Top doctor urges action over cheque-book breast clinics

Cumbria's top public health doctor is asking the government's Attorney General to consider forcing private health clinics to help women who have been given PiP breast implants.

Professor John Ashton, Cumbria's Director of Public Health, is writing to Dominic Grieve urging him to clarify the law around private clinics which have used sub-standard breast implants.

Although clinical evidence so far has not shown that PiP implants are at greater risk of rupture than other breast implants, their substandard make-up means women should be entitled to have them removed or replaced by the clinics which provided them.

Professor Ashton said: "This is not just a moral duty, but a legal one, and it is irrelevant whether the clinic in question is personally at fault for the product failure.

"I want to stress from the start that all the clinical evidence so far shows that women with PiP implants are at no greater health risk than those who have received other breast implants.

"What is beyond doubt though is that PiP implants have been made with cheaper materials for which they were never designed.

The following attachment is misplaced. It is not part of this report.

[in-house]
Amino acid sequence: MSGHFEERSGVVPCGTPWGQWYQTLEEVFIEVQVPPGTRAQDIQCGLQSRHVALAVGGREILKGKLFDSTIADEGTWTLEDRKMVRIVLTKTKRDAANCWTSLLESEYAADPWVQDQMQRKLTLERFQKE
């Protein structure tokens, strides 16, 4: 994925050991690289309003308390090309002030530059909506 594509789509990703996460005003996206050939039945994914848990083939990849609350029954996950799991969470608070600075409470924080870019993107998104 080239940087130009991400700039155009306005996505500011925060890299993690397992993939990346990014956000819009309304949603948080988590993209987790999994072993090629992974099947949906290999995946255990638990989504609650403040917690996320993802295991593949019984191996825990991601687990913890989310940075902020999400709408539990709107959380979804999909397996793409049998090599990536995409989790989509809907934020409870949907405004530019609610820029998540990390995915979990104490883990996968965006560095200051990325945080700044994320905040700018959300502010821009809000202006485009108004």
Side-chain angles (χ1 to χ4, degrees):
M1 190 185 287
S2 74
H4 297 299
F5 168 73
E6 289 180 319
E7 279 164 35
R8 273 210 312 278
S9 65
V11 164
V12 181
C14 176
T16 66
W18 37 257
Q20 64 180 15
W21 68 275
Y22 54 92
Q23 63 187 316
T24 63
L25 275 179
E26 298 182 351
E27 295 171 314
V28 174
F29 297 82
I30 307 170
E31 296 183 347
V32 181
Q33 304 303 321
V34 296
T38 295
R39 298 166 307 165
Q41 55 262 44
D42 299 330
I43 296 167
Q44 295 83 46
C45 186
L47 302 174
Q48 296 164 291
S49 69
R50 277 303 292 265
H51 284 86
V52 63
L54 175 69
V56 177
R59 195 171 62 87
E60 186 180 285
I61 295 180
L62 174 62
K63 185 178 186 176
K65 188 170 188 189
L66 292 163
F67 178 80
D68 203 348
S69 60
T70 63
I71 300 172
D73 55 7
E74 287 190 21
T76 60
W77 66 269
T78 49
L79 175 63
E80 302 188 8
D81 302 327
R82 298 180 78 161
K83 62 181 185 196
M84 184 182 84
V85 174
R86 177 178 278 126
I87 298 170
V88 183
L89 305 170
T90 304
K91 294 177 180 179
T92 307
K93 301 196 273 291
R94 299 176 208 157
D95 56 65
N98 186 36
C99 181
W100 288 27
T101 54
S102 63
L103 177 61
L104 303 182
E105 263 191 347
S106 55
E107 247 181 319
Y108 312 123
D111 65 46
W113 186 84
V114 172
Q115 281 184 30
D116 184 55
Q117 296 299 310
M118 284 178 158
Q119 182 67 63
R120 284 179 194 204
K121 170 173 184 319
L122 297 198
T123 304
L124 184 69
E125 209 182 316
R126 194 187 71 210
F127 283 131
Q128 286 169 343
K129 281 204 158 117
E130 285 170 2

"If you buy a sub-standard product from a shop, the shop has a legal duty to replace it with a better one or give you your money back. The same rule should apply to private medical products.

"These cheque-book clinics were happy to carry out this procedure with sub-standard breast implant products for thousands of pounds at a time.

"Just like any other seller of substandard goods they should be legally bound to rectify the problem. The refusal of some clinics to help their patients has left some of those women worried and confused. I do not think it is fair to the taxpayer or other NHS patients for the NHS to foot the bill.

"It is totally unfair and unrealistic to expect every woman in Cumbria who has been sold these implants to go through a lengthy and expensive legal process to have their implants replaced.

"That's why I am asking the nation's lawyer to consider taking action to bring these cheque-book clinics to task and force them to act.

"If they refuse, their license to practice surgery in this country should be removed."

Detailed advice for women with PiP breast impants is available at www.nhs.uk (http://www.nhs.uk/news/2012/01January/Pages/government-review-advises-on...)